Leaders are usually keen to stress that they use data in their decision making.
Whether it’s hard facts, statistics, or spreadsheets; data is raised on a pedestal of rationality.
We’ve come to accept that a rational data-drive decision making style; characterised by research for, and logical evaluation of, data is the only decision-making style.
But there’s a source of data and insight that leaders have in their toolkit to inform their decision making that’s oftentimes neglected.
A hunch or gut feeling holds a lot less weight than numbers. But it shouldn’t be discounted so readily.
There’s great research on how experienced firefighters just knew when to get out a burning building the moment before it collapsed. It found that skilful leaders rely on their experience, the pattern-recognition they’ve acquired over decades, to quickly size up situations and identify the option most likely to work.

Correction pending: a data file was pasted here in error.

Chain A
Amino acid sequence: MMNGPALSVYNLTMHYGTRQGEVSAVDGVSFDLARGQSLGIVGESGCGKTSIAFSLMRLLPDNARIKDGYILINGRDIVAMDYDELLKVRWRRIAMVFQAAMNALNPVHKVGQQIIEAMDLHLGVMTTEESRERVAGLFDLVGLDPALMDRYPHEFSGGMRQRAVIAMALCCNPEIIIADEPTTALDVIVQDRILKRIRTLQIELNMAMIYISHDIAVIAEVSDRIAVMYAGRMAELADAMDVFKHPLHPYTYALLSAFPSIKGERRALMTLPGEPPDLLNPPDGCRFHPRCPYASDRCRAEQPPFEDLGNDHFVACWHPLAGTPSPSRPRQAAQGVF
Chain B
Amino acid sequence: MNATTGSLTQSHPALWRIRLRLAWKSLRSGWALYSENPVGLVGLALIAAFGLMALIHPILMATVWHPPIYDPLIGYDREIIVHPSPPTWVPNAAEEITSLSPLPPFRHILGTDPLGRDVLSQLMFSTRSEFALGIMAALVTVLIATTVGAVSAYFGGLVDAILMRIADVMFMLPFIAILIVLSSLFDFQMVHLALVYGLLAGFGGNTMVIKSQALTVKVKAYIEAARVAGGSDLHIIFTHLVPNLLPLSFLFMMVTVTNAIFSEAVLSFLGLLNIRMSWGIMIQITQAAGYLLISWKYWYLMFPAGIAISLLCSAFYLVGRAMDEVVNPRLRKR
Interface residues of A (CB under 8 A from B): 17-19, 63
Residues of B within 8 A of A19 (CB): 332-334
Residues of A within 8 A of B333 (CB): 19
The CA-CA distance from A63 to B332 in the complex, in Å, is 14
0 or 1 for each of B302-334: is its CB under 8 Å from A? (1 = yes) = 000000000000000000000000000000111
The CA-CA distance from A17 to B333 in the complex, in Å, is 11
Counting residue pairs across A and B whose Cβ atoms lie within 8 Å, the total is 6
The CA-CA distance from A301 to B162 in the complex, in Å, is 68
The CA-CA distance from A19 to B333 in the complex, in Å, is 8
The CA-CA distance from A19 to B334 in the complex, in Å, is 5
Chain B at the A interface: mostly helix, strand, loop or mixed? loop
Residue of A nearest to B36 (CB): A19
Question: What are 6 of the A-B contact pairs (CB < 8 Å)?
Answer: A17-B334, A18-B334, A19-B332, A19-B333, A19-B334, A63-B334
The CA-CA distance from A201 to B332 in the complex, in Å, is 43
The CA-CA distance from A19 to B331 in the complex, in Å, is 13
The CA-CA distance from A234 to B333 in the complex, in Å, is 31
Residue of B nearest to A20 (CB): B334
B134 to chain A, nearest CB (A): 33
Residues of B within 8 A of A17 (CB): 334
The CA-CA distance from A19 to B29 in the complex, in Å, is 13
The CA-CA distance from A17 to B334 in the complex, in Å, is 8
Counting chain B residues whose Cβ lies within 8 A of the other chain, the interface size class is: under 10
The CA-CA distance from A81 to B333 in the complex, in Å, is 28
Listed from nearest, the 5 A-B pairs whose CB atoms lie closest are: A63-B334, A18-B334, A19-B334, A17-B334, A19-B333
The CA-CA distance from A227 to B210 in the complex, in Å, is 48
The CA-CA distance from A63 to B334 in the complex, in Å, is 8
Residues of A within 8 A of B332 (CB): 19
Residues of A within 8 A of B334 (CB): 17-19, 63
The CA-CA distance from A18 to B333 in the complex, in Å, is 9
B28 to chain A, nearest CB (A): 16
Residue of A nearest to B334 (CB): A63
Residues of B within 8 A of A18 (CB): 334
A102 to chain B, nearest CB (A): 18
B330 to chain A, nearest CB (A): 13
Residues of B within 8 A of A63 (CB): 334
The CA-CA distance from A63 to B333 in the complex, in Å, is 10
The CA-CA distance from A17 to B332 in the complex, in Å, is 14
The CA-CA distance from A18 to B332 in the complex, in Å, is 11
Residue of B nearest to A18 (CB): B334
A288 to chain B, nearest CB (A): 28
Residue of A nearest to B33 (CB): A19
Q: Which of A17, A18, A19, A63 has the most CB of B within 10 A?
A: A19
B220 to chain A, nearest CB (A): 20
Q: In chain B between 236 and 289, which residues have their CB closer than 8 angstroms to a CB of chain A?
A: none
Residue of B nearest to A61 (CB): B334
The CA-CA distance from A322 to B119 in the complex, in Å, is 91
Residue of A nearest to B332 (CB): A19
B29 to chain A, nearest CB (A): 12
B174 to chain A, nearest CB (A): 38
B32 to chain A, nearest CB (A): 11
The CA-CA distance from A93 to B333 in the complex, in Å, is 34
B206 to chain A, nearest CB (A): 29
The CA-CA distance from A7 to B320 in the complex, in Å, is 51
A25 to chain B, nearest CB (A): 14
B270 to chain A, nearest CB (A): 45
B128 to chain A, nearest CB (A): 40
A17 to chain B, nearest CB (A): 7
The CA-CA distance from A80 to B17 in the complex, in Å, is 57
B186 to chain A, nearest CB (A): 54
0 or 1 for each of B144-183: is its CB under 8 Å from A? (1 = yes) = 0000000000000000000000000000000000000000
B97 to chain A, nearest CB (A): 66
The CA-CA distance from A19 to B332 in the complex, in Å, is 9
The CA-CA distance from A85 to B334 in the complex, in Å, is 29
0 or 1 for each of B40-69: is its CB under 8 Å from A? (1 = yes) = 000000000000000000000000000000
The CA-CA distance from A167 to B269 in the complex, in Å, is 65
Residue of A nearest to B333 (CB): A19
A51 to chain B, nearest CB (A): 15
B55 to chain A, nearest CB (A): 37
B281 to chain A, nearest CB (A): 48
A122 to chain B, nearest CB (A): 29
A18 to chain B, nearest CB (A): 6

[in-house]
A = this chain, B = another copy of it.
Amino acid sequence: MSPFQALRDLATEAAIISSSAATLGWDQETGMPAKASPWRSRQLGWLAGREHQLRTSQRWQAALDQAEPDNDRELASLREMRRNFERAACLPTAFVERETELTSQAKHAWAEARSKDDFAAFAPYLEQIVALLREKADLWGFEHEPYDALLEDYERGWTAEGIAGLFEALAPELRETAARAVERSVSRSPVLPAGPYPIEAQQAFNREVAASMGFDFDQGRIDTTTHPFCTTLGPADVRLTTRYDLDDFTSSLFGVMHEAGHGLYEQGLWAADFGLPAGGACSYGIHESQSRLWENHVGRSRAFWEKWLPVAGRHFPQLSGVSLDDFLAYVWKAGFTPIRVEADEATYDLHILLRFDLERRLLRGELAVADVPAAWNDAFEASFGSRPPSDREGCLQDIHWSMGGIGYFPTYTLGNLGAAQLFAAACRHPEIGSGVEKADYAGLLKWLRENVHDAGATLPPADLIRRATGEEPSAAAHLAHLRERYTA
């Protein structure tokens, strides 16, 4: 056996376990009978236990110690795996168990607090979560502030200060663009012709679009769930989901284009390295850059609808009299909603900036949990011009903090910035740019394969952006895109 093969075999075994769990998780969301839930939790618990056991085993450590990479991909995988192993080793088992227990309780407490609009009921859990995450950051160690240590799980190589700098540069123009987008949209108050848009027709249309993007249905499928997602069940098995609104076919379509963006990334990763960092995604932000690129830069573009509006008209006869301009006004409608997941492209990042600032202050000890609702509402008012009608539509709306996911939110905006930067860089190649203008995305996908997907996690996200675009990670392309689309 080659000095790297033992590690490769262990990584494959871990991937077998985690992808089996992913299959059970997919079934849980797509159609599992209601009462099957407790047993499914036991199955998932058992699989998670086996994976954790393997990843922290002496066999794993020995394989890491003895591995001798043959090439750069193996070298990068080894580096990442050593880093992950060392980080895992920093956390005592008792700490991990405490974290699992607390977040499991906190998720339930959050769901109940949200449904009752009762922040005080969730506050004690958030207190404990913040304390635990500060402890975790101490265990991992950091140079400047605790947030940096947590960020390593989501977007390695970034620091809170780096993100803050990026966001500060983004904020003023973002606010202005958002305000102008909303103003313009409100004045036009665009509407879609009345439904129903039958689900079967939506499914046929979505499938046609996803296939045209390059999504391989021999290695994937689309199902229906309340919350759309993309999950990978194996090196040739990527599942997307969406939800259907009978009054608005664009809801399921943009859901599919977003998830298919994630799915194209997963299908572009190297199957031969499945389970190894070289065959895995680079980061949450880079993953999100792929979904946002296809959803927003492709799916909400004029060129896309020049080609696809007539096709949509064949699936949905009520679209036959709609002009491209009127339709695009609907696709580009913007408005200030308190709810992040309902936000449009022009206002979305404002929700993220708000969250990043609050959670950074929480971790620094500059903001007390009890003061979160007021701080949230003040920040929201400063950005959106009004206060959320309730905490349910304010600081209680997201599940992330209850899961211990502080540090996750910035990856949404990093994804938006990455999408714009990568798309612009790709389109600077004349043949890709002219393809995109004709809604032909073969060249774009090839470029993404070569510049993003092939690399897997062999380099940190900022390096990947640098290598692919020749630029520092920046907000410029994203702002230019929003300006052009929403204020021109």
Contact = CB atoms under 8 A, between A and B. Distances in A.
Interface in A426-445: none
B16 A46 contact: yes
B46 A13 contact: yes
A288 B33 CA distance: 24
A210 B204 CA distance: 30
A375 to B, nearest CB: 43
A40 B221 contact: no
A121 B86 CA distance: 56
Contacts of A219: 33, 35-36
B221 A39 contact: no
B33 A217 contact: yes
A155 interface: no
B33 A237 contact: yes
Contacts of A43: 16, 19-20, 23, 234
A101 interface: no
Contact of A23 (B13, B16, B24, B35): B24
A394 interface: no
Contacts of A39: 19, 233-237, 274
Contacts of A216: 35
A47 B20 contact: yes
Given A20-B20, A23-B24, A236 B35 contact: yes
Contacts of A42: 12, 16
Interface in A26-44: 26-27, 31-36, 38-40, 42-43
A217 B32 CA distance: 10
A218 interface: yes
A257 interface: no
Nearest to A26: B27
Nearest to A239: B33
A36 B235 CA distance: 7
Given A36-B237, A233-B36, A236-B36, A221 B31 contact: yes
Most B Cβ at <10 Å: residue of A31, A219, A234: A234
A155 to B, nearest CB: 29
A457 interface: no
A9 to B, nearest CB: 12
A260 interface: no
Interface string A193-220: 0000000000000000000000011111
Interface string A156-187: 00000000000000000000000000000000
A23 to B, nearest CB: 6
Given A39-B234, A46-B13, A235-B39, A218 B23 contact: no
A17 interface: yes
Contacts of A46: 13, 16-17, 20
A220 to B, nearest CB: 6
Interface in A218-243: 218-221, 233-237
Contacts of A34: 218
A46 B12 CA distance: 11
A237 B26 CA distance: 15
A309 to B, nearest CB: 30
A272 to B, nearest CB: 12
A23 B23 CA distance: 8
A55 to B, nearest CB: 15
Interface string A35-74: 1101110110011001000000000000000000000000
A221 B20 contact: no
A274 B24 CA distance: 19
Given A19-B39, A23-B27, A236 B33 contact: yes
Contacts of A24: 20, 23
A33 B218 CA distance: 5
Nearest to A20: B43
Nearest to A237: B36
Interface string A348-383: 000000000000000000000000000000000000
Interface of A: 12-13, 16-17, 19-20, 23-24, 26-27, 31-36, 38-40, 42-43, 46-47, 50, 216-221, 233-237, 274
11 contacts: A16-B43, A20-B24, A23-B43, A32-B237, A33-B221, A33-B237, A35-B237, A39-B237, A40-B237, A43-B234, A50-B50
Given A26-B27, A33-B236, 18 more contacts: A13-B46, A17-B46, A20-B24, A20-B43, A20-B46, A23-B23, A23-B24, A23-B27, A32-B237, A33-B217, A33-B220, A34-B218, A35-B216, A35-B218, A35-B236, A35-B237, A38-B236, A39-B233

The truth is that how a decision was taken is often post-rationalised as rational, even when there was a deeply emotional and subjective component to it.
We do this because the emotional part of problem solving isn’t seen as legitimate in Western corporations. Decisions based on cool reason are still seen as the gold standard.
Perhaps it’s time to bring our subjective data back onto the executive team table in decision making. Because, let’s face it, it’s there anyway.
This is what I explore in today’s podcast.